Subjects will receive an omadacycline-containing regimen versus SOC. Prior to randomization, SOC antibacterial therapy will be selected by the subject's treating physician. Omadacycline will be administered 300 mg orally daily without the loading dose. We chose to omit the loading dose given that many of the enrolled subjects would have received an IV therapy prior to omadacycline initiation and notable gastrointestinal intolerabilities (nausea/vomiting) based on Phase-3 trial data. Subjects receiving omadacycline will be counseled on appropriate timing of administration (fast for 4 hours before dosing and no food for 2 hours after dosing) in light of the known food effects on drug absorption. They will be instructed to avoid use of products containing aluminum, calcium, or magnesium, bismuth subsalicylate, and iron containing preparations such as dairy, antacids, and multivitamins for 4 hours post-dosing. Of note, omadacycline is intrinsically resistant to Pseudomonas, Proteus, Providencia, and Morganella. If any of these organisms are isolated and considered to be clinically relevant at the treating physician's discretion, subject will receive concomitant oral or IV antibiotics in addition to omadacycline. In the SOC group, oral therapy is required for S. aureus treatment; adjunctive IV antibiotics will be permitted, similar to the omadacycline arm.


Bone Infection, Joint Infection, Bone and Joint Infection, Infections, Communicable Diseases, Infectious Arthritis, Omadacycline Pill, omadacycline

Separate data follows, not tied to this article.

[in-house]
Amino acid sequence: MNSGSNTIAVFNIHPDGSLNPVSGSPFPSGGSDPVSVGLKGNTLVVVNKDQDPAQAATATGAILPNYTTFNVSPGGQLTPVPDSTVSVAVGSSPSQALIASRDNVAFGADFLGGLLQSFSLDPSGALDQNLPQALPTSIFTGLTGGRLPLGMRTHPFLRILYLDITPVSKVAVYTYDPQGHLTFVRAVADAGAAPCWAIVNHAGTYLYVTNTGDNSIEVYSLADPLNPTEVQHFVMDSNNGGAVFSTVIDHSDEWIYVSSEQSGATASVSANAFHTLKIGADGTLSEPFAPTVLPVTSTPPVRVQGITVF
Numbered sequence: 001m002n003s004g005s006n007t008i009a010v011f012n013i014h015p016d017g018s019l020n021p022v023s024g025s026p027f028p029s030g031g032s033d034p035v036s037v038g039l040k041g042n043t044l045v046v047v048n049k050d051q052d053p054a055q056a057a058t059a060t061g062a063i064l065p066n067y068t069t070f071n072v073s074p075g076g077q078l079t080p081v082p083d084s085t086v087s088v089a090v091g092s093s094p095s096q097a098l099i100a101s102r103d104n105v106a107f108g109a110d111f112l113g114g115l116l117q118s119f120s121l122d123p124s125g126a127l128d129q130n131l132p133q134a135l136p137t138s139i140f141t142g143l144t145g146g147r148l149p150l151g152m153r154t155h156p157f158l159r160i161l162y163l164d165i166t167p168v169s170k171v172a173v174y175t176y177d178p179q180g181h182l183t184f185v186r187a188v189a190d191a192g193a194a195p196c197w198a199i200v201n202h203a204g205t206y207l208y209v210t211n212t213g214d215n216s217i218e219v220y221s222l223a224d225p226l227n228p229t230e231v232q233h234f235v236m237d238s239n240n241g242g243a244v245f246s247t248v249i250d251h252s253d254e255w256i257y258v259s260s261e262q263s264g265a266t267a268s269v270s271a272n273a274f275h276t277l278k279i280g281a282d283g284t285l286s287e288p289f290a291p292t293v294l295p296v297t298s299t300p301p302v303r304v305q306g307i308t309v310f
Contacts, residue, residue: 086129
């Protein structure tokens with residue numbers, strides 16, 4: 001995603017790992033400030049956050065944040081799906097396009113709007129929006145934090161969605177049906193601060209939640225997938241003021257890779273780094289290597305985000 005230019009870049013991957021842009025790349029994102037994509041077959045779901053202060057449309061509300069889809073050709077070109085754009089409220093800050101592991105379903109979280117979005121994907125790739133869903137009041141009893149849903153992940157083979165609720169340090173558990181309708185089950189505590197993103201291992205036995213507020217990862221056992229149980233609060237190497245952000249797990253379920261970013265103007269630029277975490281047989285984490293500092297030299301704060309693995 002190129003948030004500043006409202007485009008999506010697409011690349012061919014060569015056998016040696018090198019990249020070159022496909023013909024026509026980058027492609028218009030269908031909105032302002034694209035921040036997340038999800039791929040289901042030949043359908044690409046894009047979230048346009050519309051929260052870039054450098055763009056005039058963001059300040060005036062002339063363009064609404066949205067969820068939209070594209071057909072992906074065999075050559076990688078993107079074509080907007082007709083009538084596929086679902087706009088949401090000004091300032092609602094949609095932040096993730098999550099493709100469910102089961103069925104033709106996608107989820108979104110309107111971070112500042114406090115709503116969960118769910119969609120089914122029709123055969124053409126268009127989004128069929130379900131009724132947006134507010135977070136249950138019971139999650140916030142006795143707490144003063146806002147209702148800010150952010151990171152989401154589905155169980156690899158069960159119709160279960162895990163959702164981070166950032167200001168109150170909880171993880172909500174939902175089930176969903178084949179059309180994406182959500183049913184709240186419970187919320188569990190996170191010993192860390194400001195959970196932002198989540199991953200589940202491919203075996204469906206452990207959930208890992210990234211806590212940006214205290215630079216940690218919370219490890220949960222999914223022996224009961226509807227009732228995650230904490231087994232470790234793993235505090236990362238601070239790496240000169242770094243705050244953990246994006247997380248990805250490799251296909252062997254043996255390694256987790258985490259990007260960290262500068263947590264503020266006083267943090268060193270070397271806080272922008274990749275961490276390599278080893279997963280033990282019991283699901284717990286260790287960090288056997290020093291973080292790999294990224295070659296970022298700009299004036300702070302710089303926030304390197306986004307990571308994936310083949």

You can join if…

Open to people ages 18-85

  1. Diagnosis of BJI or probable BJI as defined clinically using radiologic (e.g., MRI), surgical (e.g., intra-operative findings), and/or clinical (e.g., probe to bone) definitions
  2. BJI caused by or suspected to be caused by organisms that omadacycline is expected to be active against
  3. Planned treatment duration of 4-12 weeks
  4. Plans to continue or initiate treatment in outpatient setting
  5. Age 18-85
  6. Limited planned course of antibiotics (i.e., no indefinite treatment plans for chronic suppression)
  7. Able to take oral medications
  8. Able to come to the research clinic for study follow-up visits for the study period
  9. If a woman is of childbearing potential, she must consistently use two acceptable methods of contraception (IUD, injectable contraceptive, birth control patch, OCP, barrier method, abstinence) from baseline through the course of antibiotics (4-12 weeks). If a male patient's sexual partner is of childbearing potential, the male patient must acknowledge that they will consistently use an acceptable method of contraception as defined above from baseline through the course of antibiotics (4-12 weeks)